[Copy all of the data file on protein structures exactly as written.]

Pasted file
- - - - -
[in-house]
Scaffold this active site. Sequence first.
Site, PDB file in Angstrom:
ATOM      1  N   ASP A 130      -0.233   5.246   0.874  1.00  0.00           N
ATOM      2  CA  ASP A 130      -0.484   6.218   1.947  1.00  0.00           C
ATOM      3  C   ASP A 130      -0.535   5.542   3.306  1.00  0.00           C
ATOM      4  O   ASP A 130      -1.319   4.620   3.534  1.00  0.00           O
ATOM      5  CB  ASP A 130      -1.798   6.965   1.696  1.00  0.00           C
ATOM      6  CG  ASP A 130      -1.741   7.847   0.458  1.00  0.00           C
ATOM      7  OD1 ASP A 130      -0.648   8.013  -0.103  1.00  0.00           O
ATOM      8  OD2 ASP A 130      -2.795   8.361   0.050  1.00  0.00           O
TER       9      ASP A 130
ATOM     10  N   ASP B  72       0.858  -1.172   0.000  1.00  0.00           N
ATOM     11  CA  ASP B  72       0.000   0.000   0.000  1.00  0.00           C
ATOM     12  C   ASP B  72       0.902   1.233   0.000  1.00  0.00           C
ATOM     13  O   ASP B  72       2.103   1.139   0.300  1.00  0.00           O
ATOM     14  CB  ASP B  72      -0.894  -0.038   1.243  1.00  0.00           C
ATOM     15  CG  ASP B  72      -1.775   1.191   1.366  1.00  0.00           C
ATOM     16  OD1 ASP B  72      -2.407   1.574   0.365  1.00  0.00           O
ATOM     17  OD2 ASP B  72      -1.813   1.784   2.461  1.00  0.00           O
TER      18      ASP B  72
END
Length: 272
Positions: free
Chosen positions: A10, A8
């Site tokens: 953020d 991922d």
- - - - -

[in-house]
Scaffold this active site. Sequence first.
Site, PDB file in Angstrom:
ATOM      1  N   ASP A 130      -0.233   5.246   0.874  1.00  0.00           N
ATOM      2  CA  ASP A 130      -0.484   6.218   1.947  1.00  0.00           C
ATOM      3  C   ASP A 130      -0.535   5.542   3.306  1.00  0.00           C
ATOM      4  O   ASP A 130      -1.319   4.620   3.534  1.00  0.00           O
ATOM      5  CB  ASP A 130      -1.798   6.965   1.696  1.00  0.00           C
ATOM      6  CG  ASP A 130      -1.741   7.847   0.458  1.00  0.00           C
ATOM      7  OD1 ASP A 130      -0.648   8.013  -0.103  1.00  0.00           O
ATOM      8  OD2 ASP A 130      -2.795   8.361   0.050  1.00  0.00           O
TER       9      ASP A 130
ATOM     10  N   ASP B  72       0.858  -1.172   0.000  1.00  0.00           N
ATOM     11  CA  ASP B  72       0.000   0.000   0.000  1.00  0.00           C
ATOM     12  C   ASP B  72       0.902   1.233   0.000  1.00  0.00           C
ATOM     13  O   ASP B  72       2.103   1.139   0.300  1.00  0.00           O
ATOM     14  CB  ASP B  72      -0.894  -0.038   1.243  1.00  0.00           C
ATOM     15  CG  ASP B  72      -1.775   1.191   1.366  1.00  0.00           C
ATOM     16  OD1 ASP B  72      -2.407   1.574   0.365  1.00  0.00           O
ATOM     17  OD2 ASP B  72      -1.813   1.784   2.461  1.00  0.00           O
TER      18      ASP B  72
END
Length: 272
Positions: free
Chosen positions: A10, A8
């Site tokens: 953020d 991922d």